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Gun, Fire, Motor Vehicle Safety Practices Linked to Parents’ Depressive Symptoms

Young child (4-6) reaching for a handgun

AU School of Public Affairs assistant professor Taryn Morrissey conducted a study that links parental depression to increased safety risks for their children. Her article on the findings, “Parents’ Depressive Symptoms and Gun, Fire, and Motor Vehicle Safety Practices,” was published online by the Maternal and Child Health Journal on January 5, 2016.

Morrissey used data from the Early Childhood Longitudinal Study-Birth Cohort, a nationally representative sample of children birth to age five, to examine associations between measures of parents’ depressive symptoms and their parenting practices related to gun, fire, and auto safety.

The results suggest that mothers with moderate or severe depressive symptoms were two percentage points less likely to report that their child always sat in the back seat of the car and three percentage points less likely to have at least one working smoke detector in the home. Overall, one in five households with young children owned at least one firearm, and only in about two-thirds of these homes were all guns kept locked at all times. When both parents exhibited depressive symptoms, children were 2 to 6 percentage points more likely to live in households that owned one or more guns.

Morrissey said her interest in a possible link between depressive parents and at-risk children was prompted by recent mass shootings, as well as the incidence of firearm-related injuries and deaths among children.

Morrissey hopes her study will prompt physicians to screen for depression among their patients, and to talk to their young patients’ parents about safeguarding their children, including the need for car safety, smoke detectors, and the potential risk and safe storage of firearms. The American Academy of Pediatrics states that the absence of guns from children’s homes is the most reliable and effective measure to prevent firearm-related injuries in children and adolescents.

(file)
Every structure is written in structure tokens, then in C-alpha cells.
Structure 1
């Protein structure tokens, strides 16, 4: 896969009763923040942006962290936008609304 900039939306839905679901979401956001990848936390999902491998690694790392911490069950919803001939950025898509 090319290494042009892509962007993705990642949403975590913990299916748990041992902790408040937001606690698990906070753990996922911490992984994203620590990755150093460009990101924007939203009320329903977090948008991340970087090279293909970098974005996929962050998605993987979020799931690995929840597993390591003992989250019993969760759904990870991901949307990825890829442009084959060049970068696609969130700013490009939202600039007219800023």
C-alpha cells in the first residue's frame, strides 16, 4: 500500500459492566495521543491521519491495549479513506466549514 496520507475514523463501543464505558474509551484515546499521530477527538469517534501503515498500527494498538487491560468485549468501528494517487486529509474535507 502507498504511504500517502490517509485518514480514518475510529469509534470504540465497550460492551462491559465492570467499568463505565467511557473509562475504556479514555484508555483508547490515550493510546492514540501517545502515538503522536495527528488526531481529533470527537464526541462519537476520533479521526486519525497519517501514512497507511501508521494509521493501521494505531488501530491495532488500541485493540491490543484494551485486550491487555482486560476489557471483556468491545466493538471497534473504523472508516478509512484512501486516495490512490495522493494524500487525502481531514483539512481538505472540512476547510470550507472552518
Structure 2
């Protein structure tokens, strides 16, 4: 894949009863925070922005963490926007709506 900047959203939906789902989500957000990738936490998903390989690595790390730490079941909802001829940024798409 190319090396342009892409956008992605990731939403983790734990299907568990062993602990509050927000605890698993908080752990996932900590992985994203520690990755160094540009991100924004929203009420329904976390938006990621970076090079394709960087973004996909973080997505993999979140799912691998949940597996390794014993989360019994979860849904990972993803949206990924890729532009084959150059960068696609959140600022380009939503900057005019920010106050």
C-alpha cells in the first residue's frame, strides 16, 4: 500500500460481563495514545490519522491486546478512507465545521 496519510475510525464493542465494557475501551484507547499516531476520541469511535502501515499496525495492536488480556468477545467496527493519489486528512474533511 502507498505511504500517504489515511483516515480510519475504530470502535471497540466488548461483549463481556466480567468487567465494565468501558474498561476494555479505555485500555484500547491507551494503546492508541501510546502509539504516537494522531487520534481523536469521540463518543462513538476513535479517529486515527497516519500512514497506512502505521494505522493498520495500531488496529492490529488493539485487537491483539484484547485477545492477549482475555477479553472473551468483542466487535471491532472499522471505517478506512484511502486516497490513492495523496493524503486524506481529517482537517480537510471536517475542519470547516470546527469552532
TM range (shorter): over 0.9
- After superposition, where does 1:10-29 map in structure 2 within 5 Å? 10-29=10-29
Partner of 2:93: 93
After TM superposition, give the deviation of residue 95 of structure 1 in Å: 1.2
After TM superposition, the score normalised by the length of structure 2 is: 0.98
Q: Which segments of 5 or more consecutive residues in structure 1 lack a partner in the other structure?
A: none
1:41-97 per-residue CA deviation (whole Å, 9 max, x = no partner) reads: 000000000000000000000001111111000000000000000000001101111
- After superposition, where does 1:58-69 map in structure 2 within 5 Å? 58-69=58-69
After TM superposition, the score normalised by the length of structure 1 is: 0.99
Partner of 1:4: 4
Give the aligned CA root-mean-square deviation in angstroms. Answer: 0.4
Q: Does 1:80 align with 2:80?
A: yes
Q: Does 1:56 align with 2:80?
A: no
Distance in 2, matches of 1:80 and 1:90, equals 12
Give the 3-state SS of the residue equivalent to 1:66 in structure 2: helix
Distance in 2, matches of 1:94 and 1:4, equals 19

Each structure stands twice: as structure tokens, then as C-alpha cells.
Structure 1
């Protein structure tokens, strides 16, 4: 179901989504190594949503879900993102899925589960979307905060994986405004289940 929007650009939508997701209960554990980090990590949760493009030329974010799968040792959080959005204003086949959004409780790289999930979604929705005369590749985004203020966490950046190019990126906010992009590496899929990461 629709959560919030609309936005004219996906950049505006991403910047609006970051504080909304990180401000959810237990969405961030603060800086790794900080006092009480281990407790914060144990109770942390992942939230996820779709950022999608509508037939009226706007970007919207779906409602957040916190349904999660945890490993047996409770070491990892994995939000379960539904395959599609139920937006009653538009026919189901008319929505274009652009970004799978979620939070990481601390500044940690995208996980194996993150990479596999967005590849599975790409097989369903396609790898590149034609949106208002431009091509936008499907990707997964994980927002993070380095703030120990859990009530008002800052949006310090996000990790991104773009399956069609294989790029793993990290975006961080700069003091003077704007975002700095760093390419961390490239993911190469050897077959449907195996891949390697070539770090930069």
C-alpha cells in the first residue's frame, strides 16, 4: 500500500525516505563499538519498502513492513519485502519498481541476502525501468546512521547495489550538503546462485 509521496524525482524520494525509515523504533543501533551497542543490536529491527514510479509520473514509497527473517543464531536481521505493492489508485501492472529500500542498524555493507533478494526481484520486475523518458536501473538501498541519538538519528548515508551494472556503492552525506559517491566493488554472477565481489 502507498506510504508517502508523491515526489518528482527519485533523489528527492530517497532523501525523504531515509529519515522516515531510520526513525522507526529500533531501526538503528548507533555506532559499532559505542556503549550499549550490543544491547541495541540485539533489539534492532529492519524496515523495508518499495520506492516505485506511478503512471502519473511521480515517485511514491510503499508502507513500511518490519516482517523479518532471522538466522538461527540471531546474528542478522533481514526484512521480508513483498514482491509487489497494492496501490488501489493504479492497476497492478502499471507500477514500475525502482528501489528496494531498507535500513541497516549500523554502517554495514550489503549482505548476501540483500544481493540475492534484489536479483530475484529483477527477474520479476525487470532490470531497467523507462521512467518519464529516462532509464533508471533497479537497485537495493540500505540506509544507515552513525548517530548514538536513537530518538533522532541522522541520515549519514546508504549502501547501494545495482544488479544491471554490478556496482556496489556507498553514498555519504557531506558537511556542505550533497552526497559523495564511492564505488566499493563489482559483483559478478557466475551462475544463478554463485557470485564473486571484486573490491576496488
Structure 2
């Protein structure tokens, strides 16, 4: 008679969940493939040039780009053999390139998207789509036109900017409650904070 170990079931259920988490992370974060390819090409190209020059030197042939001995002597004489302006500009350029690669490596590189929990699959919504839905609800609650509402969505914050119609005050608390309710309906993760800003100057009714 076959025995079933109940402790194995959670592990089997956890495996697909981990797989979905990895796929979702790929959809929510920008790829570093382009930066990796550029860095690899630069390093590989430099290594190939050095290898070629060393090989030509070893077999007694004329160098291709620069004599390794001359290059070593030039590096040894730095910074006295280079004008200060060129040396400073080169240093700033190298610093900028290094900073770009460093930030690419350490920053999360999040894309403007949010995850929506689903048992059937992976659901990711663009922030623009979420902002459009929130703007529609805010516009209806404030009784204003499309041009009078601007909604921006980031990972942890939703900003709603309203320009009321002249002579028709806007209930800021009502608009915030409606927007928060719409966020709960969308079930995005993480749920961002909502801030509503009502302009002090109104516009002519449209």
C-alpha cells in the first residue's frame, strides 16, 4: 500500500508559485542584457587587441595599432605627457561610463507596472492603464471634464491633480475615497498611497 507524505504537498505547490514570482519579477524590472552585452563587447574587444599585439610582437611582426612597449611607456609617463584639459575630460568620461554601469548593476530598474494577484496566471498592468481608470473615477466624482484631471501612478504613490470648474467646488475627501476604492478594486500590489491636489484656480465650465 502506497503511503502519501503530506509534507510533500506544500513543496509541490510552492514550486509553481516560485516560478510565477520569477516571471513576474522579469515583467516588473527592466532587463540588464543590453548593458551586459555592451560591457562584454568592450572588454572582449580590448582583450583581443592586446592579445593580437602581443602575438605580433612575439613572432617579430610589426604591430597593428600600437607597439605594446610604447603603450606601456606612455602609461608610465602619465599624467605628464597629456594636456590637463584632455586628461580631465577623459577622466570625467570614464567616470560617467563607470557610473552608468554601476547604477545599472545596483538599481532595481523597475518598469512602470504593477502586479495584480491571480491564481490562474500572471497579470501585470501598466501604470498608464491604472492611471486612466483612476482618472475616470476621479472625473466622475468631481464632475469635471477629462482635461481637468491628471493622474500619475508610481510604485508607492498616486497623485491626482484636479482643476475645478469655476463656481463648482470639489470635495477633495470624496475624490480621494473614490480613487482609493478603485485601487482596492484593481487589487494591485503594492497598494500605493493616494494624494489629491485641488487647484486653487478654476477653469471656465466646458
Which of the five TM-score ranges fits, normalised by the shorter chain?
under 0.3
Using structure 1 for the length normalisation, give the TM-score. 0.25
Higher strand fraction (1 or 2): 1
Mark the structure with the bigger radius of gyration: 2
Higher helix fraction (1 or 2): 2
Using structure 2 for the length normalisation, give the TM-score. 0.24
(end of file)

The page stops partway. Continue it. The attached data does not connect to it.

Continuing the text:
With work centering on examining and improving public policies for vulnerable children, Morrissey’s research has been published in such journals as Pediatrics, Child Development, Developmental Psychology, and the Journal of Marriage and Family. She joined the SPA faculty in 2010. From January 2013 to August 2014, Morrissey was on leave from AU to serve as senior adviser to the deputy assistant secretary for human services policy in the Office of the Assistant Secretary for Planning and Evaluation at the Department of Health and Human Services. She worked primarily on the President's Early Learning Initiative, including Early Head Start and child care. She also served as a health policy adviser on the staff of the U.S. Senate Health, Education, Labor and Pensions (HELP) Committee, first for Sen. Edward Kennedy and then for Sen. Tom Harkin. Morrissey earned a doctorate in development psychology and a master’s degree in human development and family studies at Cornell University.